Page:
I’ve been blessed by great teaching and encouragement from incredible speakers, writers and worship leaders around the world. But at the end of the day, as a woman in leadership, I must get into the Word, get into His presence, and receive first-hand from God. That’s my challenge and desire every day.
Do I have any concerns or things I’d like others to know about… specific things that the women of NZ and the South Pacific can pray for?
Just this: We need to know the time of our visitation.
For decades, the Church in New Zealand and our region around has been praying for revival. I believe we’re seeing it right now, in our generation—a great, global, redemptive move of God here, in our land.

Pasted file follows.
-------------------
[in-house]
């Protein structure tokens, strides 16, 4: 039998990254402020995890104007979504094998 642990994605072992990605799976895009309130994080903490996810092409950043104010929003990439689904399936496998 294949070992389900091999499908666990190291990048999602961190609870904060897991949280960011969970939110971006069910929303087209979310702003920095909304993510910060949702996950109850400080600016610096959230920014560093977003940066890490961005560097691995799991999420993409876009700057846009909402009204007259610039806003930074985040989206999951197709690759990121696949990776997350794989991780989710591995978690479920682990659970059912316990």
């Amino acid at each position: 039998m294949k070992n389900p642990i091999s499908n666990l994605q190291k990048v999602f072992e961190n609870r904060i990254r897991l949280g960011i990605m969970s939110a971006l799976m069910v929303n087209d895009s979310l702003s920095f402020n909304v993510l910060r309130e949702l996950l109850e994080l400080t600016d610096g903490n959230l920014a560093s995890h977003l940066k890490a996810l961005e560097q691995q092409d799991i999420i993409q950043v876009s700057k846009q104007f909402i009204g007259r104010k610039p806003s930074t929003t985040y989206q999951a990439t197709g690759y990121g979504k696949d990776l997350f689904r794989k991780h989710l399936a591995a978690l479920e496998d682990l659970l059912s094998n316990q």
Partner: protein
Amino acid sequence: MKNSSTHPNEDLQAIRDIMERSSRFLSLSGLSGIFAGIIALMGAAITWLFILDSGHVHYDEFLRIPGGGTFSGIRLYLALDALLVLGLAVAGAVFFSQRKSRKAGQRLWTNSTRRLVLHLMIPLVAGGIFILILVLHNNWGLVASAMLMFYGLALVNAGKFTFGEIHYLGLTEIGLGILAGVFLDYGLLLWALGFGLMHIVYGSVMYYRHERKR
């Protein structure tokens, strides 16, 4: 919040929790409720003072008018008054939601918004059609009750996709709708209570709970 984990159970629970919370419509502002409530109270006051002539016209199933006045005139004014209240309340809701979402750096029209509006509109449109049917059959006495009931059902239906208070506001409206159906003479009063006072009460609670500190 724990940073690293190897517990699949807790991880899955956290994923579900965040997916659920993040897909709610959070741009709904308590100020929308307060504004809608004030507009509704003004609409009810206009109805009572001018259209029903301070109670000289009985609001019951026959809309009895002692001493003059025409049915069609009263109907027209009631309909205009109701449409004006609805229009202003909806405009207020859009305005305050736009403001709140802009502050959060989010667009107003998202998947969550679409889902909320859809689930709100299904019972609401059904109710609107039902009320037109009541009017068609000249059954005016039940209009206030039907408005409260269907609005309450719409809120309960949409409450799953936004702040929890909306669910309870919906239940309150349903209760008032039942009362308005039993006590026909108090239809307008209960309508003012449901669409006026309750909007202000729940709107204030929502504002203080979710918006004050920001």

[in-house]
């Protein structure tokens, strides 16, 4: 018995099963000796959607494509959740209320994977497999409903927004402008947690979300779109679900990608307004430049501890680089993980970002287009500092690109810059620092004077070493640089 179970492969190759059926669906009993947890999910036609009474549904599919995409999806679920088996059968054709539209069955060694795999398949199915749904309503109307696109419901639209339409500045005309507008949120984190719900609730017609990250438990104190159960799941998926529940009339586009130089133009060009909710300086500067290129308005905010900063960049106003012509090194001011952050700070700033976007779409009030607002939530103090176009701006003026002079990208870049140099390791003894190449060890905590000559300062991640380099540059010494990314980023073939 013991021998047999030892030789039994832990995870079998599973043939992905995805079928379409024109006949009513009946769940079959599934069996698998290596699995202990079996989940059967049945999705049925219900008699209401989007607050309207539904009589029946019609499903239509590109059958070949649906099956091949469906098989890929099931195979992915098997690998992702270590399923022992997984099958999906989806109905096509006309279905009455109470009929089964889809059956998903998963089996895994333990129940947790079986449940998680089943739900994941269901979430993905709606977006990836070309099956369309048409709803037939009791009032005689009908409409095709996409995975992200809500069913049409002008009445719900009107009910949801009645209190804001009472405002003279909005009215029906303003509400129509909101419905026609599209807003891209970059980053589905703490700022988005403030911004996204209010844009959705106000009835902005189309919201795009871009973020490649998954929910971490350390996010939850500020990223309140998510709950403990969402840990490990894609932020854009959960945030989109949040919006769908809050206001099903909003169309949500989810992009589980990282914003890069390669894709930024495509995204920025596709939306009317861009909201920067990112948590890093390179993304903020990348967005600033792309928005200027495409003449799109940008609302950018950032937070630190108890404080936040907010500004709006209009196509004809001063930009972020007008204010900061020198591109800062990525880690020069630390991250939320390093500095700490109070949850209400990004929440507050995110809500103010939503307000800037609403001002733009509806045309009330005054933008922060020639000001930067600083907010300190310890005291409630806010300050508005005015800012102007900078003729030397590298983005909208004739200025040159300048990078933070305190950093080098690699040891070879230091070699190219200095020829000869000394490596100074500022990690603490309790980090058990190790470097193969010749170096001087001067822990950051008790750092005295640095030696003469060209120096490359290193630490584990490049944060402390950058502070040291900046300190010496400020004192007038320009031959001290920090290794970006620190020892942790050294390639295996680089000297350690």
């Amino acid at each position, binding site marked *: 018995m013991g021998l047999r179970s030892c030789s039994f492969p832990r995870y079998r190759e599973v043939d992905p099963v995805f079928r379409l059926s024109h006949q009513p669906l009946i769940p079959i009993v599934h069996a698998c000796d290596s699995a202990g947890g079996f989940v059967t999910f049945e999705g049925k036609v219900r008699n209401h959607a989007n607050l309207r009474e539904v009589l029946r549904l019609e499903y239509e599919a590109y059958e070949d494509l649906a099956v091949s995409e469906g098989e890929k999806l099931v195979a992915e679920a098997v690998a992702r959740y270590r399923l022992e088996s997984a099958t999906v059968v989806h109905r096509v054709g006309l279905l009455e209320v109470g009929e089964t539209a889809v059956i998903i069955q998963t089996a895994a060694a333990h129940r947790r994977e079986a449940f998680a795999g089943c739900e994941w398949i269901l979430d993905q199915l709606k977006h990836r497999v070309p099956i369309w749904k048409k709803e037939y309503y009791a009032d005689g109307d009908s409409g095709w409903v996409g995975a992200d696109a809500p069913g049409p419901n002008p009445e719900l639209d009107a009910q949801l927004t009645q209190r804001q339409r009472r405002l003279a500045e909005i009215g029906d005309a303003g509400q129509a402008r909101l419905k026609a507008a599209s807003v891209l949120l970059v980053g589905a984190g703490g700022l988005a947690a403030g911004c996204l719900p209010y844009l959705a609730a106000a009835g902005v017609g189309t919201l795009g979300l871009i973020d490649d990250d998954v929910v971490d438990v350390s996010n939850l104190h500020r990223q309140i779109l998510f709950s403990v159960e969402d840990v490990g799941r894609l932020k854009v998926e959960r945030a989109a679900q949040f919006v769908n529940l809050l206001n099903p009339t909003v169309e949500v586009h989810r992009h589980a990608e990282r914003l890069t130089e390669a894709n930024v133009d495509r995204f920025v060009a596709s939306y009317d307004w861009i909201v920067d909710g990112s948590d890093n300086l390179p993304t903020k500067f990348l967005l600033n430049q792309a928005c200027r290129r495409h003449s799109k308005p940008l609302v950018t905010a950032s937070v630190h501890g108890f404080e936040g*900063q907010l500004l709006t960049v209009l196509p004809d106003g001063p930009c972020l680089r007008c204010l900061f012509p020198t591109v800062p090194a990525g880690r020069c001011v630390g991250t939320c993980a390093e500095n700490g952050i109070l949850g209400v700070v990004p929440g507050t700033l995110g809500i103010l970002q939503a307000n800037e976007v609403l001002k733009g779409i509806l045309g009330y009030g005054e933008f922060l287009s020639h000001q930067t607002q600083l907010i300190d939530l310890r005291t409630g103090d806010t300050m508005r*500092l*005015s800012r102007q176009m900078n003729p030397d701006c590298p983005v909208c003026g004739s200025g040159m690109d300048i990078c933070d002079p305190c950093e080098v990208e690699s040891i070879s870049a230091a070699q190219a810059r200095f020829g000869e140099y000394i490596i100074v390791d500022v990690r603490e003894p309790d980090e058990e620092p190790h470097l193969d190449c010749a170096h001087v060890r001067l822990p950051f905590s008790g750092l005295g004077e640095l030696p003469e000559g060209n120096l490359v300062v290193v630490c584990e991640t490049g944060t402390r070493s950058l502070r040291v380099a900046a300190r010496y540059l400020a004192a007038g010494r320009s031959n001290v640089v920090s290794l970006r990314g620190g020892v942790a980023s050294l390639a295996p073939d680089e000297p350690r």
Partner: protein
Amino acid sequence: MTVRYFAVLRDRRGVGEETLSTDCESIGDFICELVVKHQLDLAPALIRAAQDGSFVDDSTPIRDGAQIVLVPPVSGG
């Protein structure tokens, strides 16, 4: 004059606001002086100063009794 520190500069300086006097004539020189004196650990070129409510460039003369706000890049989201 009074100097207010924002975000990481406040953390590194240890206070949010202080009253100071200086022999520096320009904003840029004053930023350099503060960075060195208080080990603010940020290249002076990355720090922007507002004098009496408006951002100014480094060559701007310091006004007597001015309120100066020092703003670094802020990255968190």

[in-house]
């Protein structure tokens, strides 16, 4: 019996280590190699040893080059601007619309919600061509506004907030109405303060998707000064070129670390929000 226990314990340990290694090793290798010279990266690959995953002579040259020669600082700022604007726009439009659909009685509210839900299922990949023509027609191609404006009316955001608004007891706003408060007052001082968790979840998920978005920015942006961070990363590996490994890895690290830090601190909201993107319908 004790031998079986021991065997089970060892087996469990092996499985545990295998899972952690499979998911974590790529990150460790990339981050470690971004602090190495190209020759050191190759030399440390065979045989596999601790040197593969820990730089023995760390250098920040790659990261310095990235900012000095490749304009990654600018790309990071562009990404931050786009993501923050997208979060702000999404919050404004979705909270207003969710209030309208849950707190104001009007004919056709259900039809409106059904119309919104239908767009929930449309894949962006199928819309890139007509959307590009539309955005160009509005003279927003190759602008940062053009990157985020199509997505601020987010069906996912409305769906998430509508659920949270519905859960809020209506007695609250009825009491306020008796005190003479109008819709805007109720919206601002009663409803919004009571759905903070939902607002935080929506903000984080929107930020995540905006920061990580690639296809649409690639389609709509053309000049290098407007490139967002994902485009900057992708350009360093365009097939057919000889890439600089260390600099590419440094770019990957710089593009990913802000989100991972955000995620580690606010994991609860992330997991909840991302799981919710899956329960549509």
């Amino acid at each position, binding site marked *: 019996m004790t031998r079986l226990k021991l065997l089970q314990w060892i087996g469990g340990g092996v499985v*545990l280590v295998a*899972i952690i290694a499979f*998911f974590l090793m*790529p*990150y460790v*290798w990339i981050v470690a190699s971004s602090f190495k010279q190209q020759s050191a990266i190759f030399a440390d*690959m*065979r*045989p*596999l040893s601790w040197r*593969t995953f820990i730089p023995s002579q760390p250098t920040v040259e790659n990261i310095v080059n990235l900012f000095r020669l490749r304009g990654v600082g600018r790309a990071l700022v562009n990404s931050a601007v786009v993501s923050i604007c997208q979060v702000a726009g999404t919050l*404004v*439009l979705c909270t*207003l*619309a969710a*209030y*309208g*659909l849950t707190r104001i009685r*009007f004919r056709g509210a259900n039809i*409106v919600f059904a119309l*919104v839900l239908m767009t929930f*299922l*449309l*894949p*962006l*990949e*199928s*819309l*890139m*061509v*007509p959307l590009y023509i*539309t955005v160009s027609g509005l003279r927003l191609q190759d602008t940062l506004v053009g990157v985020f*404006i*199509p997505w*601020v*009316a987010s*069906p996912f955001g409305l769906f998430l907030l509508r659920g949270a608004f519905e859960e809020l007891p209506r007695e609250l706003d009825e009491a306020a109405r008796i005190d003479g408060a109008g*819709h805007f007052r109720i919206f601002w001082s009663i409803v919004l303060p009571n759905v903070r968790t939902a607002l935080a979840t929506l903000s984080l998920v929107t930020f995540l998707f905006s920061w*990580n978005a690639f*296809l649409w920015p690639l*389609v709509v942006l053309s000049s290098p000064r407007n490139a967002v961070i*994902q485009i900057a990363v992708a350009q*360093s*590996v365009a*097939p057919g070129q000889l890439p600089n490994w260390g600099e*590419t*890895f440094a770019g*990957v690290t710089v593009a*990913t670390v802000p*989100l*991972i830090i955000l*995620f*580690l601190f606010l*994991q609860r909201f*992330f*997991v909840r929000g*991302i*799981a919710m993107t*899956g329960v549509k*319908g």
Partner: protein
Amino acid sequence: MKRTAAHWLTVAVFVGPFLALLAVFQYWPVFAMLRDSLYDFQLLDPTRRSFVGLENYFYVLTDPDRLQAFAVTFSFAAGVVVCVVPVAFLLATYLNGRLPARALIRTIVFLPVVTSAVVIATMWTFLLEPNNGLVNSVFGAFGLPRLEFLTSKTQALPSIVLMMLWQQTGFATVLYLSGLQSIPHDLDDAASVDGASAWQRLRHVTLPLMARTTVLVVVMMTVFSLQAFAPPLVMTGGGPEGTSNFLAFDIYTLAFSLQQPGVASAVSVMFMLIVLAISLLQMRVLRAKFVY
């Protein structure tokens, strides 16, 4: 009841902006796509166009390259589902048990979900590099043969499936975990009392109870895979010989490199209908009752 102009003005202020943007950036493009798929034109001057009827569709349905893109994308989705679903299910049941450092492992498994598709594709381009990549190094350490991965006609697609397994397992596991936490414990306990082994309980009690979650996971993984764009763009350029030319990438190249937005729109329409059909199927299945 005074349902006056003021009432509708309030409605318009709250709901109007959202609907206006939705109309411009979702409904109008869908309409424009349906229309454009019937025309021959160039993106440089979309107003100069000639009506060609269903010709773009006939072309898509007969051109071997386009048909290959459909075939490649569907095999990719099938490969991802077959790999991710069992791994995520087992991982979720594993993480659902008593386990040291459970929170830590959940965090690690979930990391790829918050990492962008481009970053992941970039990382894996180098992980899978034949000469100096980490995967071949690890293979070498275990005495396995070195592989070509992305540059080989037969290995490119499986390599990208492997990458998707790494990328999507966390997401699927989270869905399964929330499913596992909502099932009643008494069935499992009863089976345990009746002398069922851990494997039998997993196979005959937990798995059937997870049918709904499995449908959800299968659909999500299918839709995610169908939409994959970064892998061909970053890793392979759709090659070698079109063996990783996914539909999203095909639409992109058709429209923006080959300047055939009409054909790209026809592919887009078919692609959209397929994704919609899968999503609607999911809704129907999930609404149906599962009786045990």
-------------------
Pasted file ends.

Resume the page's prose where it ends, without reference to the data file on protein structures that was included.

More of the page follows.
So this is not a time for praying small prayers or inward looking. We need to rise above small country, small community, small ministry thinking. If we’re going to keep up with God in this season, we’ll have to embrace a bigger vision than we have before. We need to ask greater things of God than we’ve dared to before. And we need to position ourselves to be caught up in a move of God that’s far bigger than ourselves.